Content Partnerships: How the Right Strategy Can Drive Success

By Leah Betancourt 

by Stephen Zorio
The role of content distribution has taken on massive importance in content marketing circles. A study found the two most important aspects of distribution -- by a lot -- are targeting precision and scale or reach.

Content distribution is seeing a significant increase in share of content marketing budget according to that same report from the Online Publishers Association.

The OPA also found content partnerships deliver significant audience engagement, reinforce brand values on average by 15 percent and educate consumers in a trusted environment, according to research. 

What do content partnerships mean to companies? Businesses with limited content creation resources can boost their exposure and engagement with partnerships. The key is finding one that aligns with your business goals.

As brands look to diversify their marketing approaches, they’re tapping into other content sources beyond their own companies. 

We chatted with Rory Strunk, Managing Director of Global Content PartnersRoger Wu, co-founder of CooperatizeMeghann Farnsworth, Director of Distribution and Engagement at the Center for Investigative Reporting; Felicia Alexander, Senior Director, Business Development of Content Solutions at Demand Media; and Hayes Ferguson, Chief Content Officer at Legacy.com. They discussed successful content partnerships and how companies can benefit from them.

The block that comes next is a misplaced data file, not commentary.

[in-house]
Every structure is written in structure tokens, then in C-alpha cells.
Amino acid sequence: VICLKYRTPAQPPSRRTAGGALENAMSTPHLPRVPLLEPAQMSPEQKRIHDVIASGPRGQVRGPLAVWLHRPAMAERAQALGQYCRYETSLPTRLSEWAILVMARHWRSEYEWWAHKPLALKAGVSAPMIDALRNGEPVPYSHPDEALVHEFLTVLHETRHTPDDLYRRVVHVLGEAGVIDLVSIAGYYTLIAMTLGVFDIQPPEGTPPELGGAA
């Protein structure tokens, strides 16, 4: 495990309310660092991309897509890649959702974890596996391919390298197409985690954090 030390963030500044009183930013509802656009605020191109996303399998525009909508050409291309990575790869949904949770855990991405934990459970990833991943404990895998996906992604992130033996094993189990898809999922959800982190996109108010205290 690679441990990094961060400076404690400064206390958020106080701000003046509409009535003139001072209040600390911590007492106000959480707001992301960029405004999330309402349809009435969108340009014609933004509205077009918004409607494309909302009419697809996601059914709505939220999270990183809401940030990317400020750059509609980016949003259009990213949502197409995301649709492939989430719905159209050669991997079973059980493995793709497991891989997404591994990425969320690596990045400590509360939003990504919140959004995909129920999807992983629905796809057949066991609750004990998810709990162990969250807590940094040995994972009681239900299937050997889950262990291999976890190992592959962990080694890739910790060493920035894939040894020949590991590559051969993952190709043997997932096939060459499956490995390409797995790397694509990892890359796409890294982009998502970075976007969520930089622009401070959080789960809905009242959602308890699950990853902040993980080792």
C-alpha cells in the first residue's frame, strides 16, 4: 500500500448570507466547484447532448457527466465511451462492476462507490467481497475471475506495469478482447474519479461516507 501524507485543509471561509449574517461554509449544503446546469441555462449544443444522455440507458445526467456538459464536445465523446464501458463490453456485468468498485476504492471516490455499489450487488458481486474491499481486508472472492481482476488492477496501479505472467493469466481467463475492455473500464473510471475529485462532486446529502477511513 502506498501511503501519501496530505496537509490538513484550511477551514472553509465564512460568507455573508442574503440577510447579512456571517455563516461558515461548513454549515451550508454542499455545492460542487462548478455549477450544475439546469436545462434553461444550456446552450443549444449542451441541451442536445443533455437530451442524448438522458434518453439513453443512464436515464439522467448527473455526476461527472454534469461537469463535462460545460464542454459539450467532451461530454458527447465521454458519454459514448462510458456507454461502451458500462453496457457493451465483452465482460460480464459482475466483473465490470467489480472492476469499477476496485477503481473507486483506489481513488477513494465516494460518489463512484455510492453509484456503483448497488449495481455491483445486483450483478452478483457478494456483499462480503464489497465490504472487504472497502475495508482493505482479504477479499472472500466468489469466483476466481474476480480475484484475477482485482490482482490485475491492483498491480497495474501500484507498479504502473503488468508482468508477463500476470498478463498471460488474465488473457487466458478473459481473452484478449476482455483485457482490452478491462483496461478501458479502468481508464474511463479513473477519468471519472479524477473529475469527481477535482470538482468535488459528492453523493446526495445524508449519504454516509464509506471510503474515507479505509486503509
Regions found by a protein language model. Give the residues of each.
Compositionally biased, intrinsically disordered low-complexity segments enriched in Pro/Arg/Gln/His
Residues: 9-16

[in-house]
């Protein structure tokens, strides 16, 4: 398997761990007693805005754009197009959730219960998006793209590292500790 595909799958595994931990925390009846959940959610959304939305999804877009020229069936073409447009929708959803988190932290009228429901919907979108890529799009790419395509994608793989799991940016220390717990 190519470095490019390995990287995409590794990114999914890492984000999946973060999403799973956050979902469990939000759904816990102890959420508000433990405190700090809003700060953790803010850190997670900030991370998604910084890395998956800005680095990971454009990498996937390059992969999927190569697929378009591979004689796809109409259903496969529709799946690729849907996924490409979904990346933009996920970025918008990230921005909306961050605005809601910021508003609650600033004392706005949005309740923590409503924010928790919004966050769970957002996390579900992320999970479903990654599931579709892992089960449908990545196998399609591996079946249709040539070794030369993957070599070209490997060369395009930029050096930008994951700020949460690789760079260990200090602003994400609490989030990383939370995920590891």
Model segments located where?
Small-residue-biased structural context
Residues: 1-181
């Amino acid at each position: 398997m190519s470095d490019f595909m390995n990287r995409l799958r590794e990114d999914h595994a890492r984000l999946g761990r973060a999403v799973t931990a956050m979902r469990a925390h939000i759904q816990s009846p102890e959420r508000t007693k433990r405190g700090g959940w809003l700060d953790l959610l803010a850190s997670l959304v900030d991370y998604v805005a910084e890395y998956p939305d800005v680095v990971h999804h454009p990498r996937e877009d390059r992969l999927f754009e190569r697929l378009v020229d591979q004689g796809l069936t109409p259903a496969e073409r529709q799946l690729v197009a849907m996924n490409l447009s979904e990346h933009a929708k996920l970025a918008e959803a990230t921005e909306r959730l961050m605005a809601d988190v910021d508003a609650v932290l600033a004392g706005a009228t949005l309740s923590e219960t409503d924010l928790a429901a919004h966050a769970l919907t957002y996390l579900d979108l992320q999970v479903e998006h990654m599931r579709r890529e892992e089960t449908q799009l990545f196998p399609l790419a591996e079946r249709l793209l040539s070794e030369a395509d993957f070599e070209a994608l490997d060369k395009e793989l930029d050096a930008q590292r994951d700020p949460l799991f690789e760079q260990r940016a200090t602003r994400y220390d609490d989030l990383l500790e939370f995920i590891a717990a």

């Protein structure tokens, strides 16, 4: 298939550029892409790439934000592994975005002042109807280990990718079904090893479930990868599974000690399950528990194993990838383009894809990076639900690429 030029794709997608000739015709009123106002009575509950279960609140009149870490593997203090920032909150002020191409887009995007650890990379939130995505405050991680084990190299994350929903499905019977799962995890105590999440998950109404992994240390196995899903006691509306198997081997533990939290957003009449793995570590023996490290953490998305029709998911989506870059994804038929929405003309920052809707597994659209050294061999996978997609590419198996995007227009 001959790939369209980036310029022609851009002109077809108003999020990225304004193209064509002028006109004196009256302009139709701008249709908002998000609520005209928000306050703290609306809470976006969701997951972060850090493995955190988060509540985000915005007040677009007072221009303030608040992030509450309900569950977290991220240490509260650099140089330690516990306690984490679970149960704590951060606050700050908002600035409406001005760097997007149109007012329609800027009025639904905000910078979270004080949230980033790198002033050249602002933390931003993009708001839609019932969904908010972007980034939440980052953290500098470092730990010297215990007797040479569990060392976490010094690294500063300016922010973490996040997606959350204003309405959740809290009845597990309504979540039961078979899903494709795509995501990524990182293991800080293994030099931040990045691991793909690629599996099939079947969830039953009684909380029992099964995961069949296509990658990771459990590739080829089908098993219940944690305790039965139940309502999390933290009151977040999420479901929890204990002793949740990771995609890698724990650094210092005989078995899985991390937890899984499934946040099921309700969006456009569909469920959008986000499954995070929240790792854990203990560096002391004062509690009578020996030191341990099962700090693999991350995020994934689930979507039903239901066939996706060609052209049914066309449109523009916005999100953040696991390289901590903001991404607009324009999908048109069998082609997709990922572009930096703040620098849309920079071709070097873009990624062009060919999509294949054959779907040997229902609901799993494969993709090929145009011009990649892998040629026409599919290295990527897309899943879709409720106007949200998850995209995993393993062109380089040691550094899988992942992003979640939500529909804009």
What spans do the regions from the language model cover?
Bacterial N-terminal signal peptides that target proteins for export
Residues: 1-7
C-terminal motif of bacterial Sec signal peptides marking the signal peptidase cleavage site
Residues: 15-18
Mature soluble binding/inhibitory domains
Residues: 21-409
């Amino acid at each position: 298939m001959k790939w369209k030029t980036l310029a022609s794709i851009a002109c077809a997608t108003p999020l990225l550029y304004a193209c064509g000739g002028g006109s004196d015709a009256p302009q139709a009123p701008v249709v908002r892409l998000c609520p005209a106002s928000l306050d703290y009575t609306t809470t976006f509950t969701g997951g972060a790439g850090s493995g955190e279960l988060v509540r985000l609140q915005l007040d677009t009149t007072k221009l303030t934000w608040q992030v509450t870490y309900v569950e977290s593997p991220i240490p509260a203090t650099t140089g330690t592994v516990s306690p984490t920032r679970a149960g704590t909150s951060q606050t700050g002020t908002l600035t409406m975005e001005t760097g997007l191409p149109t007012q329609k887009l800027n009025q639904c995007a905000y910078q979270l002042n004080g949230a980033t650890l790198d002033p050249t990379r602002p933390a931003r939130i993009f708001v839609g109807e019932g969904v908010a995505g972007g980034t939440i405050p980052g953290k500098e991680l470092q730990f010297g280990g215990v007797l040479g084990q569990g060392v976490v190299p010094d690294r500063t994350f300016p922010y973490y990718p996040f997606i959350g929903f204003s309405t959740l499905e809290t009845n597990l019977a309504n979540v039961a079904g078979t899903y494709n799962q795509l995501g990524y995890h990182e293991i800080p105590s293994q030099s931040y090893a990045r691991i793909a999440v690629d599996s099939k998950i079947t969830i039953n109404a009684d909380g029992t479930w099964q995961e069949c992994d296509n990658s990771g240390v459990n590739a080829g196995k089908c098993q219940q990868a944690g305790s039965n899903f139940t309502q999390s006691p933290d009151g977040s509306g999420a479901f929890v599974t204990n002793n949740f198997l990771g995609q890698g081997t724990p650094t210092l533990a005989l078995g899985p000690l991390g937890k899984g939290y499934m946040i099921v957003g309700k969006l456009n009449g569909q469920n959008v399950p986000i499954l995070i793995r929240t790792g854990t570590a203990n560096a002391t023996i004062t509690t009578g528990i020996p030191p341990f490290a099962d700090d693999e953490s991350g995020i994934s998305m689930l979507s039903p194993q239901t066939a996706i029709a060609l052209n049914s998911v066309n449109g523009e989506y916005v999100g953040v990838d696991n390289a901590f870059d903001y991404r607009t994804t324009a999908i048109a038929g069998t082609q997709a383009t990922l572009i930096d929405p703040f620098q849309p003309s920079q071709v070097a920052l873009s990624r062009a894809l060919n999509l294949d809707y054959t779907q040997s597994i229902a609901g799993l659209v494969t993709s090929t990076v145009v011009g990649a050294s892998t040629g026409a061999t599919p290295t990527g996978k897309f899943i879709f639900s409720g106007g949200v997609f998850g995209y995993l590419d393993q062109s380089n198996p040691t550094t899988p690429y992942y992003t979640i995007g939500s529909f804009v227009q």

Content Partnerships = Relationship + Distribution


Business goals should define any potential content partnership, i.e. what is your company trying to accomplish and who can assist in that effort? That in turn will help outline the platform and specifics about the partnership itself.

"As a nonprofit news organization, content partnerships are really important for us to reach different audiences," Farnsworth said. "For example, our project Subsidized Squalor looked at housing conditions in Richmond, California. In order to make sure the community saw the story and to ensure the story had impact, we partnered with the San Francisco Chronicle and KQED to tell this story. The result has powerful images, text in the Chronicle, video on KQED TV and powerful audio on radio."

In addition to letting your goals dictate the value of a potential partnership, the medium matters too.

"For us, finding the right content partner depends on what the story is and the best way to tell it," Farnsworth added. "Are there video components to engage a broadcast partner? Do we have good audio to talk to a radio station? Is this a breaking news story or a long form feature?"